If you want more enemies in the level, simply duplicate _ENEMY1, rename it to _ENEMY2, move it to another position in the level and then adjust waypointB position.

Making the Goal

We have one more character to make: the “goal”. This character is much simpler than the player and enemies since he doesn’t have any animations and he doesn’t move.

  1. Follow the steps in the Player Character Sprite section above.
    1. Rename the game object “goal sprite”
  2. Follow the steps in the Player Collision section above.
    1. Rename the Capsule game object to GOAL
  3. 3. Drag and drop the Goal script from the Scripts folder in the Project window onto the GOAL game object.

HUD Manager

We’re almost done! We just need to make a simple HUD (heads up display) manager.

  1. Go to Game Object -> Create Empty
  2. Zero out the x,y,z Transform Position
  3. Rename GameObject to “HUDManager”
  4. Drag and drop the HUDManager script from the Scripts folder in the Project view onto the HUDManager game object.

Now we need to make a couple of text objects that will appear based on death and victory conditions.

  1. Game Object -> Create Other -> GUI Text
  2. Zero out the x,y,z Transform Position
  3. Rename GUI Text to “text gameOver”
  4. In the Inspector, change the Text to “GAME OVER”.
  5. Change Anchor to upper center
  6. Change Pixel Offset X to 240 and Pixel Offset Y to 300
  7. Uncheck the box next to GUIText in the Inspector so that the text doesn’t display in the Game until we turn it on later in script.

To make the second text object.

  1. Duplicate the text object we made in the previous steps.
  2. Rename it to “text victory”
  3. Change the Text to “YOU WIN!!!!!!!!”

Now we need to hook these up to the HUDManager and then hook up the HUDManager to the other scripts.

  1. Select the HUDManager game object in the Hierarchy window.
  2. Drag and drop “text gameOver” from the Hierarchy window onto the Game Over Text field on the HUDManager (Script) in the Inspector.
  3. Drag and drop “text victory” from the Hierarchy window onto the Victory Text field on the HUDManager (Script) in the Inspector.
  4. Select the PLAYER game object in the Hierarchy window.
  5. Drag and drop “HUDManager” from the Hierarchy window onto the HUD Manager field on the Controls (Script) in the Inspector.
  6. Select the GOAL game object in the Hierarchy window.
  7. Drag and drop “HUDManager” from the Hierarchy window onto the HUD Manager field on the Goal (Script) in the Inspector.

Conclusion

You now have the basic building blocks to create a simple little platformer game. Here’s what my final scene looks like after I added a few more enemies and moved the goal to the end of the level.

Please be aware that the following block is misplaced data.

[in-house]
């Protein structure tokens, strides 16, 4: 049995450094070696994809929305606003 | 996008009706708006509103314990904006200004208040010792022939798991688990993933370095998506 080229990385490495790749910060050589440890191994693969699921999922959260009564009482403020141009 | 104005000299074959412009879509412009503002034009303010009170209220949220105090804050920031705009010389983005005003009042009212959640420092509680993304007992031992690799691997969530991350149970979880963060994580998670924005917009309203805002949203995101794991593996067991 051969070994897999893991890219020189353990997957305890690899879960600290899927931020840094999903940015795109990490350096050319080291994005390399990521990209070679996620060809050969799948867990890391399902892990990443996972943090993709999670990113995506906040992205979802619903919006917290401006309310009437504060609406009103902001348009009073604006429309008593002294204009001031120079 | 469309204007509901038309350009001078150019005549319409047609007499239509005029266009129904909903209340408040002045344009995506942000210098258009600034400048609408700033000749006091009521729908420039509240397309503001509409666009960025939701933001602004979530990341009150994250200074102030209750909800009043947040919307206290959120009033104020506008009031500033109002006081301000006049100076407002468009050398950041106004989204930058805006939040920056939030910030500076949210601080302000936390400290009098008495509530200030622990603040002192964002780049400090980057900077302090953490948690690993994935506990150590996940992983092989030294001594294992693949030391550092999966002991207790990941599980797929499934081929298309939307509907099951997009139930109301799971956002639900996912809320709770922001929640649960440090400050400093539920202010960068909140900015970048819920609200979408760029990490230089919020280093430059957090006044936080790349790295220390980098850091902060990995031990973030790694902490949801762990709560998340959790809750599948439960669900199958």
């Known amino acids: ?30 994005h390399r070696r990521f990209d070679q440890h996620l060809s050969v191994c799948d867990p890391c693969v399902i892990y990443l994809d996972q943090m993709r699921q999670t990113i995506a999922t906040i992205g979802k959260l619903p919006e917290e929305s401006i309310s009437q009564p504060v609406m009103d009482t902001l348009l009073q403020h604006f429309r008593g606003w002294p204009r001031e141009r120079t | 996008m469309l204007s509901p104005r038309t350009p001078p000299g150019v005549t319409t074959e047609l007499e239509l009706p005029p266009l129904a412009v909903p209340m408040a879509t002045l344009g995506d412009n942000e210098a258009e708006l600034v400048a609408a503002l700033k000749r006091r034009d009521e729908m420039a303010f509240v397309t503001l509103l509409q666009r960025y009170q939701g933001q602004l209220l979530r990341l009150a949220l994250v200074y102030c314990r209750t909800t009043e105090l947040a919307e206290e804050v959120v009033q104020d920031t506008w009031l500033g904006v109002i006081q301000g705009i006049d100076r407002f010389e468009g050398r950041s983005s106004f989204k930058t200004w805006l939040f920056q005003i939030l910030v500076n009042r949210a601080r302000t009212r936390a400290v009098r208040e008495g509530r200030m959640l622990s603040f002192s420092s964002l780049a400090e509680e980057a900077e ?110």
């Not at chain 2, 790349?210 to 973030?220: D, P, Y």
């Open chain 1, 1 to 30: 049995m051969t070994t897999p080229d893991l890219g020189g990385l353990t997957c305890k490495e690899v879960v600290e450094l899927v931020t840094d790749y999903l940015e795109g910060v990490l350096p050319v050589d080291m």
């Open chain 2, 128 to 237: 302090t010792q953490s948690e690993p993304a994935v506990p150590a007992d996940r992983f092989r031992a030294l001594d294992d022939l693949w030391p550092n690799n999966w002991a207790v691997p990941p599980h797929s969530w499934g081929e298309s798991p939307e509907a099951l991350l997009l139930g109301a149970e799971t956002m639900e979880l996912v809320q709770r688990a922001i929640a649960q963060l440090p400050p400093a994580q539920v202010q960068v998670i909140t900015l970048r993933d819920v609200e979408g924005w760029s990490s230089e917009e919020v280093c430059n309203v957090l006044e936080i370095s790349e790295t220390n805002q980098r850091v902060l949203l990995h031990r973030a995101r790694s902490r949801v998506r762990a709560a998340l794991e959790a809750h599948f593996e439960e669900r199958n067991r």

Be sure to play the game by clicking here.

I hope you got as much out of following this tutorial series as I had making it! If you have any questions, please feel free to let me know in the comments below! Also be sure to look me up on Twitter @rocket5studios.

More Tutorials In This Series

Creating 2D Games with Unity3D Part 1
Creating 2D Games with Unity3D Part 2
Creating 2D Games with Unity3D Part 3
Creating 2D Games with Unity3D Part 4
Creating 2D Games with Unity3D Part 5

And here’s another more recent tutorial series that uses Orthello (free) for the sprite display and animation duties:
Make A 2D Game in Unity3D Using Only Free Tools Part 1
Make A 2D Game in Unity3D Using Only Free Tools Part 2
Make A 2D Game With Unity3D Using Only Free Tools Part 3
Make A 2D Game With Unity3D Using Only Free Tools Part 4
Make A 2D Game With Unity3D Using Only Free Tools: Beginning Enemy AI With A* Pathfinding

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About the author

Tim MillerTim Miller is a veteran game developer with over 15 years experience in the video game industry working as a Level Designer and Lead Level Designer at LucasArts, Secret Level and Nihilistic Software. He co-founded Rocket 5 Studios with his wife Cathy and their dog Rocket in 2009. Twitter, LinkedIn, Portfolio

24 thoughts on “Creating 2D Games With Unity3D Part 4

  1. Iso2000555

    Hi Tim,
    How can I let this game support iPhone4’s resolution(960×640)? If I change project’s resolution to 960×640, would it run on older iPhone?

    Thank you for your time!

  2. Mike

    Hi Tim,

    Great tutorial!

    I imagine you save texture memory by only having images for the right side and then use the right facing images with a x scale of -1 to be used for the left side animations. I would be very thankful if you could should us how to do that.